1. Rain and thunder and lightning, oh my. Not to mention a tornado watch. This definitely calls for a change in plans.
  2. The kind people at Colonial Williamsburg agree to re-issue the 2nd day of our 2-day tickets for later in the week. We spend a few dollars in the gift shop as thanks.
  3. Death-defying dash back to the car to avoid the lightning crashing down all around. I’ve never seen my family run so fast.
  4. Rainy day backup plan… checking the movie theater to see what’s playing this afternoon.
  5. Monsters vs. Aliens in 3-D. Awesome! The kids loved it.
  6. Heading to spend the rest of the afternoon in Yorktown. I am more directionally challenged than I thought, but we eventually find the place.
  7. Interesting couple of hours at the Yorktown Victory Center. My favorite was the soldier’s encampment. Rough life those guys had!

Observations for today:

  1. Caught my kids hugging each other when I woke up this morning. Why can’t they be this nice to each other all the time?
  2. Since we missed church for Palm Sunday, we made sure to start the morning by reading and talking about Jesus’ triumphal entry into Jerusalem.
  3. No matter what time you think you’re going to get started with the day’s activities, when 8 people are involved, things never go according to plan. Vacationing with family can be a bit like herding cats, but in a good way.
  4. 4 out of 4 Donahues agree: the good citizens of Williamsburg are obssessed with pancakes and waffles. There are more pancake houses per capita here than we’ve ever seen anywhere.
  5. First historical stop: the Governor’s Palace in Colonial Williamsburg. Maia couldn’t wait, since Felicity got to visit this very same home in one of the American Girl books. Maia says it wasn’t what she expected from the book, and the kids were a little underwhelmed. I don’t think they appreciated how vastly superior such accommodations were for their time.
  6. Fortunately, they found everything else fascinating. Today we learned such trades as how to make shoes, how to forge iron tools, how to print and bind books, how to carve wood and build furniture, and how to make bricks. More tomorrow.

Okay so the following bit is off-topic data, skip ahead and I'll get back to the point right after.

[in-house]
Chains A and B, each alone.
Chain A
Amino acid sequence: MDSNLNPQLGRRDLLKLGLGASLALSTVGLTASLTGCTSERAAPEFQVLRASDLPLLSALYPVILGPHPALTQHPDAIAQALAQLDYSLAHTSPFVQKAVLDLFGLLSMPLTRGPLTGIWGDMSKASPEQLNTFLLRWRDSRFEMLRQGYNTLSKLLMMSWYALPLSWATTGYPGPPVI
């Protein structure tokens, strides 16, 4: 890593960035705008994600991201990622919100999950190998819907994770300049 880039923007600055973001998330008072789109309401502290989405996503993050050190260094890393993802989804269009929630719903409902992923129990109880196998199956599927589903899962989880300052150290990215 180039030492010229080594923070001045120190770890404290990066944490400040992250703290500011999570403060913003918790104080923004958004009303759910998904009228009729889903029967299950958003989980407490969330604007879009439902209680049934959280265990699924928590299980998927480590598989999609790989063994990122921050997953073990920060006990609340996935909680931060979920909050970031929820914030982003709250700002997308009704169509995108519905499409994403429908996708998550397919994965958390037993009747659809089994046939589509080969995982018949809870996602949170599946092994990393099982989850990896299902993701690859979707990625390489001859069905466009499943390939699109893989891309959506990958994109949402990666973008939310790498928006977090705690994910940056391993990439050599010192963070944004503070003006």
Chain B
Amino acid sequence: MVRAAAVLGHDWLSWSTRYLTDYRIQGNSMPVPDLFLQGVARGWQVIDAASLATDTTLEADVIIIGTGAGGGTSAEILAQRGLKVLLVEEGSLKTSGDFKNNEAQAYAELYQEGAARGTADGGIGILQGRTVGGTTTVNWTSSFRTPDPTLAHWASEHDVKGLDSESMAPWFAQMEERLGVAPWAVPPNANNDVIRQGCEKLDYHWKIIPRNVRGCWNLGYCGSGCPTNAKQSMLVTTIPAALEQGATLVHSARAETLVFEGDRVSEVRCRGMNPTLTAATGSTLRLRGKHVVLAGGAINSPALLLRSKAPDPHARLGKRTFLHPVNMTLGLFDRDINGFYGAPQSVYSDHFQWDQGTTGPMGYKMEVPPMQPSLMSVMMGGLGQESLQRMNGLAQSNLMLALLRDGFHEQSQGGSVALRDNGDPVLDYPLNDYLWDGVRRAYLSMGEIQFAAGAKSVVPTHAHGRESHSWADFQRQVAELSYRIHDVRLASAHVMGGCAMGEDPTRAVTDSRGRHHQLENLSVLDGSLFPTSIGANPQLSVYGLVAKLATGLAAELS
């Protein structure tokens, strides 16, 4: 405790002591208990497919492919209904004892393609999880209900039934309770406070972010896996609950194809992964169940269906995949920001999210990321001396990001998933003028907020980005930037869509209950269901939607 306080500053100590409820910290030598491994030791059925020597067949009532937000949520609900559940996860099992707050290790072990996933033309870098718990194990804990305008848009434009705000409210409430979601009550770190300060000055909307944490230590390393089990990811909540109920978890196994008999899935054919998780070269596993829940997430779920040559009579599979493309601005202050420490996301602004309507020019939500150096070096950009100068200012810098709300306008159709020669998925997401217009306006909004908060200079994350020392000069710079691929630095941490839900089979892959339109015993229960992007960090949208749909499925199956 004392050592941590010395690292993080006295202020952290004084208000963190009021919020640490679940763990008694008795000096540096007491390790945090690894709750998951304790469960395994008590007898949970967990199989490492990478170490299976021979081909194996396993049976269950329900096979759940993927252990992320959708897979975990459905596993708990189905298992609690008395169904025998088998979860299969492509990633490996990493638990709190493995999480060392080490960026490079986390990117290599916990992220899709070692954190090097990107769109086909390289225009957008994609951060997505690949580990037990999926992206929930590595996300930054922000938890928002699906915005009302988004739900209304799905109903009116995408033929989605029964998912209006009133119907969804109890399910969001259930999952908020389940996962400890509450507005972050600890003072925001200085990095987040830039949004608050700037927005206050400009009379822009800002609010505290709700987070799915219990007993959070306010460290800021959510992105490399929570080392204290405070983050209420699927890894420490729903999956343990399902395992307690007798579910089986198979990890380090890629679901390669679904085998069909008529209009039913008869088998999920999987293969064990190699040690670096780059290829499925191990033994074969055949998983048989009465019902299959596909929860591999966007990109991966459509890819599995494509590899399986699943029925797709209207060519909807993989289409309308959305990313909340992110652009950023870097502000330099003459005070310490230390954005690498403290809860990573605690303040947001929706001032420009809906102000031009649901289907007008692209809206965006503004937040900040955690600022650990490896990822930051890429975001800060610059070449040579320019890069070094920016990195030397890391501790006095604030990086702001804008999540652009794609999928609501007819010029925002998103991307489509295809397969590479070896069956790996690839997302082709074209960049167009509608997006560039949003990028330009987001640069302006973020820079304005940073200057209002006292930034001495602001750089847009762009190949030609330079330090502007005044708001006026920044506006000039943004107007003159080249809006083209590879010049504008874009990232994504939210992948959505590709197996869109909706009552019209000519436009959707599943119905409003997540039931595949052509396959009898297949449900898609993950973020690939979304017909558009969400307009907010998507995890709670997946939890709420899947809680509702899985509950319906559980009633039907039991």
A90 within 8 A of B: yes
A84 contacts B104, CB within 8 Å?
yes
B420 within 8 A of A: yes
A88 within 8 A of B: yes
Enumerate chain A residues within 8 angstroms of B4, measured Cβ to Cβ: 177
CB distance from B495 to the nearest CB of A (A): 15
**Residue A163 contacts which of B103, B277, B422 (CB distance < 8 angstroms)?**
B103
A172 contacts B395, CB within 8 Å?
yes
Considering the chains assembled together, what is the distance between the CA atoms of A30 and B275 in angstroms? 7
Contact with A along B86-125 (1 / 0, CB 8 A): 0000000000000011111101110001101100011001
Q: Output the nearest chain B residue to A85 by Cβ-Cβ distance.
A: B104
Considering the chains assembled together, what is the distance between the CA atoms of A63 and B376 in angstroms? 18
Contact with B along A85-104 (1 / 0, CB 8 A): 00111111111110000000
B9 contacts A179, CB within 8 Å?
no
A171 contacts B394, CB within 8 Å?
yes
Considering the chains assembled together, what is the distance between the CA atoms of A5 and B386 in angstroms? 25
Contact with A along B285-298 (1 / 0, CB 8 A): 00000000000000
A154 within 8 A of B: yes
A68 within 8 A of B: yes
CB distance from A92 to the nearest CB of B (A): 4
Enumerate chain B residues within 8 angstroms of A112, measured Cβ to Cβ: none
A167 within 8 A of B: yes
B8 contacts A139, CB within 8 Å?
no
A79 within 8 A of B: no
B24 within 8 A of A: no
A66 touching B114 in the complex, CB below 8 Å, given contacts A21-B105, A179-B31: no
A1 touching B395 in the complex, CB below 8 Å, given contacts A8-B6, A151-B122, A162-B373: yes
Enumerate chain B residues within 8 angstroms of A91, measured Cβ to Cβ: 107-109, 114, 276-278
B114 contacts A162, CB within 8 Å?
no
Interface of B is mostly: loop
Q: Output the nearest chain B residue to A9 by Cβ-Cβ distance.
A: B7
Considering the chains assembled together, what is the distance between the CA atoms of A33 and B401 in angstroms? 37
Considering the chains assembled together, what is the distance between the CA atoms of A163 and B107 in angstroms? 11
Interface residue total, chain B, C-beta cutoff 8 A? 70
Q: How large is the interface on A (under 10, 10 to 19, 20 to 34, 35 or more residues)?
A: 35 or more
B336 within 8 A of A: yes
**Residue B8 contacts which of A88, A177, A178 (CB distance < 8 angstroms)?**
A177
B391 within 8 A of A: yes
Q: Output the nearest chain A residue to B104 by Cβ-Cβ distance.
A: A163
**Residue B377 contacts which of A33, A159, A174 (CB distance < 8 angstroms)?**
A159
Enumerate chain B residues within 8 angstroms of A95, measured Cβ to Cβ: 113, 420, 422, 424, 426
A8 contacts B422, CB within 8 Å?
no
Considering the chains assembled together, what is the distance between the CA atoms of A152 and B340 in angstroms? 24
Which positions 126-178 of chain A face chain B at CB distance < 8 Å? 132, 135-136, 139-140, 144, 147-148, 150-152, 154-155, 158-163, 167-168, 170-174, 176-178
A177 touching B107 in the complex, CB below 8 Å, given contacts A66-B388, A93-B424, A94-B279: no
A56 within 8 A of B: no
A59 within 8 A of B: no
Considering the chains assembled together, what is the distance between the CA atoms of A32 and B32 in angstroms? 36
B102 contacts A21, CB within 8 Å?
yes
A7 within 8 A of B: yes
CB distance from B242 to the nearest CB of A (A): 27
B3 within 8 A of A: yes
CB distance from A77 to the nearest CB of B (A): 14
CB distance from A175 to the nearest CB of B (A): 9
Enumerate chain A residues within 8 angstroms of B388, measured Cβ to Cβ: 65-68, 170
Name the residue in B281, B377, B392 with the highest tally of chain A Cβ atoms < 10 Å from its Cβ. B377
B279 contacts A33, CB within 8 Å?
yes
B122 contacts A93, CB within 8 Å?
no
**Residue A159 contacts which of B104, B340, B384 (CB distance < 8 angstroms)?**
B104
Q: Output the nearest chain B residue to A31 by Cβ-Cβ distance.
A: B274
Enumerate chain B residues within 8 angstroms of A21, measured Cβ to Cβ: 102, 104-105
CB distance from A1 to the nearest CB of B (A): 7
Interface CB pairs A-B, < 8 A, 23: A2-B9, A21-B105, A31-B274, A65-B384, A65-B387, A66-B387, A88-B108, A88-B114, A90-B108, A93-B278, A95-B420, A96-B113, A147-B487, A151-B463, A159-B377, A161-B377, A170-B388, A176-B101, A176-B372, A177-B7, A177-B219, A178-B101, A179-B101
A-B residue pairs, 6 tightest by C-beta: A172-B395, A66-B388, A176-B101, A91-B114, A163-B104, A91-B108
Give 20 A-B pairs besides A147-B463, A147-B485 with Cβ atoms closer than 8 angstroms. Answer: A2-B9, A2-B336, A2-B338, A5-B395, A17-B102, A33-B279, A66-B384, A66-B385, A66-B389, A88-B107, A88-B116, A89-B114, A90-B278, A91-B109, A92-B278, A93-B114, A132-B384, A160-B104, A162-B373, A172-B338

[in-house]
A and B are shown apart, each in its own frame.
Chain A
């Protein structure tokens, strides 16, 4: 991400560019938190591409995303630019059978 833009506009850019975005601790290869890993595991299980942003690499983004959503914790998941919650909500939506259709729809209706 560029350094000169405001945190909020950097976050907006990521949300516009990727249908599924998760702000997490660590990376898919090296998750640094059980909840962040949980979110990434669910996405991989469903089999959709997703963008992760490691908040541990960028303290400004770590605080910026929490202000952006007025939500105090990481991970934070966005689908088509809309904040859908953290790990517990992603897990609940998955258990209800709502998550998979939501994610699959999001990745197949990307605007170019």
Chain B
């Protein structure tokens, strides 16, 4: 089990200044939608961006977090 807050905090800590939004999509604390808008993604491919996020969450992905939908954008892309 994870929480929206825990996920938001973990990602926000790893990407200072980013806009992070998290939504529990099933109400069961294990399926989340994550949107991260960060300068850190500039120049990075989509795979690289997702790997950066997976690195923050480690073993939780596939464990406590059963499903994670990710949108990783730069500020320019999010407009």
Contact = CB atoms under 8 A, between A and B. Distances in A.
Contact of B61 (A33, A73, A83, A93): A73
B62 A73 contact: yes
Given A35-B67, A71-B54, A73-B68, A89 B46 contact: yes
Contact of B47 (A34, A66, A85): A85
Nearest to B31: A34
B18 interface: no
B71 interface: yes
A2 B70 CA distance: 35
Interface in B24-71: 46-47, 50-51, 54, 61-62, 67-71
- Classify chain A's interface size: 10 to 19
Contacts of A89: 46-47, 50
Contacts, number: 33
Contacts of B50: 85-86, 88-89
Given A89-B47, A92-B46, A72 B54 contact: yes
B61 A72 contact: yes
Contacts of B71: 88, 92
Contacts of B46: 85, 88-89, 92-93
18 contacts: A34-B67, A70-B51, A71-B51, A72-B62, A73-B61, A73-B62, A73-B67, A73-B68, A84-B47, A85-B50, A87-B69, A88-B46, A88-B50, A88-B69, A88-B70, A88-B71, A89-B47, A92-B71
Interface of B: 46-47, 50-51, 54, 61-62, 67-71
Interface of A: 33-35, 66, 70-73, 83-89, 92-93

7. Maia loves history and has been asking lots of questions. We bought her a notebook to write down all the interesting facts she has been learning.
  8. My feet hurt and I have a headache.

Observations for today:

  1. What the home screen on my phone says: “Messages (0). Calendar: No upcoming appointments. All Day: Vacation.” I wanna live like this every day!
  2. My son has a bladder the size of a pea, but only on long car trips. Suspicious.
  3. Strange that there are billboards on the interstate advertising for wigs, of all things. Then again, this is the South.
  4. So glad I have my new iPod Touch for typing out these notes to add to my blog later.
  5. I just got shushed for singing too loud. I guess singing along to my iPod is too much for even my family to bear, when they don’t have the benefit of the radio to drown me out. But who could resist belting along to a tune like He Reigns?
  6. Passed a sign in VA for New Kent. I think I’ll keep the one I have, thank you very much. Even if he doesn’t admire my singing voice.
  7. Best sign we’ve seen so far: Entering Williamsburg.
  8. The kids haven’t bickered once in the car today. This bodes well for the rest of the week.
  9. It’s so nice to actually have time to think about writing for my blog!

Twitter-mania

Being the lemming that I am, I have finally decided to investigate the latest Internet craze. Since it seems that everyone, everywhere is suddenly Twittering, so too must I join in the chatter.

However, in a blow to my inner technology nerd, I confess that I don’t “get it” yet. I don’t understand at all what is so addictive about sharing your life in a “tweet” of 140 characters or less. It’s far less satisfying than lovingly composing a blog post. And I can’t keep up with the stream of stuff being broadcast by the few people I am following. It just feels like noise; one more intrusion into all the things I already have to keep up with on a daily basis.

And yet, I haven’t abandoned the experiment. I’ve found some useful people to follow, and in a matter of days have collected some excellent links to assist in my self-publishing efforts. Stay tuned, dear readers, because the published version of my blog writings to date is coming soon. Very soon. And better than it might have been otherwise, thanks to Twitter.

So I’m going to hang in there with Twitter to give it a fair chance. I’ve even added my Twitter stream to the sidebar of this blog. I’m still getting a few visitors here even though I rarely have time to write the posts that still exist in my head. So I’m making my Twitter tidbits available to tide you over until life affords me time to blog on a more frequent schedule. And if you are a Twitter-er yourself, feel free to follow me.